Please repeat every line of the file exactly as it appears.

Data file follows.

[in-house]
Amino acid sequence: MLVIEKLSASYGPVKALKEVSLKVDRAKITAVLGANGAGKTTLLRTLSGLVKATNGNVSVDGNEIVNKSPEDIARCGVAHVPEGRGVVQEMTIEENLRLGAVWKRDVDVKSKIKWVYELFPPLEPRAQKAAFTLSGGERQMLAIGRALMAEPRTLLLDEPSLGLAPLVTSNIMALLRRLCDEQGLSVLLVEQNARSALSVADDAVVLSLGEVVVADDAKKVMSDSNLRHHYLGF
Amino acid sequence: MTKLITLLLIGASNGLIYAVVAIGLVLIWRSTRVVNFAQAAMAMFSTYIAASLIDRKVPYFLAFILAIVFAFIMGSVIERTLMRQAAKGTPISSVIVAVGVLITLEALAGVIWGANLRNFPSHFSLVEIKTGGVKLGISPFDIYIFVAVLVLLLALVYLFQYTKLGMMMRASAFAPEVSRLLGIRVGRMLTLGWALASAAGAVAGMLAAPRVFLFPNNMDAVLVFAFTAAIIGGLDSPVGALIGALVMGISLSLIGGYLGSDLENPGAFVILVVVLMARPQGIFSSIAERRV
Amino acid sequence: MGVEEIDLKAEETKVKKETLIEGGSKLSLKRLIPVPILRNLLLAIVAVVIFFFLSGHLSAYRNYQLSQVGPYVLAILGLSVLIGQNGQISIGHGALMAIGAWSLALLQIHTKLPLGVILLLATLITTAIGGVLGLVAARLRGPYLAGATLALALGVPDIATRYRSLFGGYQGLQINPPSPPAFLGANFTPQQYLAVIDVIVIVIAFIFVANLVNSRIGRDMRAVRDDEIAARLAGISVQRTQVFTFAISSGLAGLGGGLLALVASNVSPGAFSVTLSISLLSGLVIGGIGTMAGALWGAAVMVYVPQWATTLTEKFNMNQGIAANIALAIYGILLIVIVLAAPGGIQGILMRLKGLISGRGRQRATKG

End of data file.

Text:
[in-house]
Amino acid sequence: MLVIEKLSASYGPVKALKEVSLKVDRAKITAVLGANGAGKTTLLRTLSGLVKATNGNVSVDGNEIVNKSPEDIARCGVAHVPEGRGVVQEMTIEENLRLGAVWKRDVDVKSKIKWVYELFPPLEPRAQKAAFTLSGGERQMLAIGRALMAEPRTLLLDEPSLGLAPLVTSNIMALLRRLCDEQGLSVLLVEQNARSALSVADDAVVLSLGEVVVADDAKKVMSDSNLRHHYLGF
Amino acid sequence: MTKLITLLLIGASNGLIYAVVAIGLVLIWRSTRVVNFAQAAMAMFSTYIAASLIDRKVPYFLAFILAIVFAFIMGSVIERTLMRQAAKGTPISSVIVAVGVLITLEALAGVIWGANLRNFPSHFSLVEIKTGGVKLGISPFDIYIFVAVLVLLLALVYLFQYTKLGMMMRASAFAPEVSRLLGIRVGRMLTLGWALASAAGAVAGMLAAPRVFLFPNNMDAVLVFAFTAAIIGGLDSPVGALIGALVMGISLSLIGGYLGSDLENPGAFVILVVVLMARPQGIFSSIAERRV
Amino acid sequence: MGVEEIDLKAEETKVKKETLIEGGSKLSLKRLIPVPILRNLLLAIVAVVIFFFLSGHLSAYRNYQLSQVGPYVLAILGLSVLIGQNGQISIGHGALMAIGAWSLALLQIHTKLPLGVILLLATLITTAIGGVLGLVAARLRGPYLAGATLALALGVPDIATRYRSLFGGYQGLQINPPSPPAFLGANFTPQQYLAVIDVIVIVIAFIFVANLVNSRIGRDMRAVRDDEIAARLAGISVQRTQVFTFAISSGLAGLGGGLLALVASNVSPGAFSVTLSISLLSGLVIGGIGTMAGALWGAAVMVYVPQWATTLTEKFNMNQGIAANIALAIYGILLIVIVLAAPGGIQGILMRLKGLISGRGRQRATKG